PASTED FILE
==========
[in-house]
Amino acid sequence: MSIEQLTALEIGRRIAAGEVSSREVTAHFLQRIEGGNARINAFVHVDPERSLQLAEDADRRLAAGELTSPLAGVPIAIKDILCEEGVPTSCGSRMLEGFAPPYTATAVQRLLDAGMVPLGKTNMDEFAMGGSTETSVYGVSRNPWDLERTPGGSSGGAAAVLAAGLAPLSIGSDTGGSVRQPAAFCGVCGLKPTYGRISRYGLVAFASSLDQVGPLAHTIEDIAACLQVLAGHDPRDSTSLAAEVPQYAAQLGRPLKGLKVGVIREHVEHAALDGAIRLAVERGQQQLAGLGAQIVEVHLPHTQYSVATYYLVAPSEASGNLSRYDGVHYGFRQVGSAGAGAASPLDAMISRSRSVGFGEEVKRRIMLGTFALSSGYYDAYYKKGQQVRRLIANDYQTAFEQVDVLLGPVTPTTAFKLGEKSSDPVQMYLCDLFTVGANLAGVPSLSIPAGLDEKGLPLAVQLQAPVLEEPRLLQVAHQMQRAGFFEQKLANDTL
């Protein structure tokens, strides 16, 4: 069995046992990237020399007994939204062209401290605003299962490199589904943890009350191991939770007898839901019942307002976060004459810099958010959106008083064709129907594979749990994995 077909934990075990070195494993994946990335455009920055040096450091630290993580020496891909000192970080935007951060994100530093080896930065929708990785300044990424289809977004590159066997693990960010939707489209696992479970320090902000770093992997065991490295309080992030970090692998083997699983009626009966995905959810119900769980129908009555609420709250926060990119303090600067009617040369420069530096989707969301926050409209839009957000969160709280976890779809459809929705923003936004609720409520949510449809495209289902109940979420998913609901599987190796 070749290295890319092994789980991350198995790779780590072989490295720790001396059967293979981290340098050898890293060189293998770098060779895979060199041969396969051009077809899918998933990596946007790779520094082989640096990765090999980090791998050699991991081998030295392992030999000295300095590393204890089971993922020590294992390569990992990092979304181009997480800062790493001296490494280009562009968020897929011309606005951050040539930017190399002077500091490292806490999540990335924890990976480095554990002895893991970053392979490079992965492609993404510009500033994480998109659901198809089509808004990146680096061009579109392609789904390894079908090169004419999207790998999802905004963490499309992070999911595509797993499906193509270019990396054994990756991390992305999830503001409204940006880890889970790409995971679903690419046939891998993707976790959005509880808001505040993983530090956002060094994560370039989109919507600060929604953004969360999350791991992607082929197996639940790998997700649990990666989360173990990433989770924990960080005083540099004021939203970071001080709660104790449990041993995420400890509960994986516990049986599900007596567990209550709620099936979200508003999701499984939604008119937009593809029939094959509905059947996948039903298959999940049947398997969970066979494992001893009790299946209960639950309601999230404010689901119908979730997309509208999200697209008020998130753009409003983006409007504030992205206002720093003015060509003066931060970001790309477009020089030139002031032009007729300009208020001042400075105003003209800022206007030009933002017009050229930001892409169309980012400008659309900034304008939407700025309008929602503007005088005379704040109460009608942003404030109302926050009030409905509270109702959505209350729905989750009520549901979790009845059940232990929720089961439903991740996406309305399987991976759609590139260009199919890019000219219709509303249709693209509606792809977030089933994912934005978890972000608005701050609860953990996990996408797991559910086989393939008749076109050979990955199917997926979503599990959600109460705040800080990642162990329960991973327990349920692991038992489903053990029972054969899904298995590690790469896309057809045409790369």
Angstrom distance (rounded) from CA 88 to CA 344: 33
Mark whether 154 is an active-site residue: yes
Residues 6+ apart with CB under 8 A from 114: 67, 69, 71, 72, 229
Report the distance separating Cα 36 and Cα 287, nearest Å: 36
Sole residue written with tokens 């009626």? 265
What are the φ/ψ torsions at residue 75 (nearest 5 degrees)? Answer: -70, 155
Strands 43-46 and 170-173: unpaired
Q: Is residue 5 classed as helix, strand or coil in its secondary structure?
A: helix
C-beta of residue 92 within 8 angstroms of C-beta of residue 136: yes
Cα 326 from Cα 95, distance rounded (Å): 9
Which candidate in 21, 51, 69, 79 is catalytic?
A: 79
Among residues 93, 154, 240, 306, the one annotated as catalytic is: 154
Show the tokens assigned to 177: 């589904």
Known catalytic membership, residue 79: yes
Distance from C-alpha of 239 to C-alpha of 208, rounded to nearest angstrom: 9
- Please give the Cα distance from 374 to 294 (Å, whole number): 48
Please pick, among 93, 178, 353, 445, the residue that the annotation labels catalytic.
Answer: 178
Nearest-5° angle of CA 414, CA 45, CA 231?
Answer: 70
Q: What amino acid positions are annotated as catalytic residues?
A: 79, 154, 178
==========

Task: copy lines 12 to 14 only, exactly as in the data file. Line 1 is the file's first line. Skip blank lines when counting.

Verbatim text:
A: helix
C-beta of residue 92 within 8 angstroms of C-beta of residue 136: yes
Cα 326 from Cα 95, distance rounded (Å): 9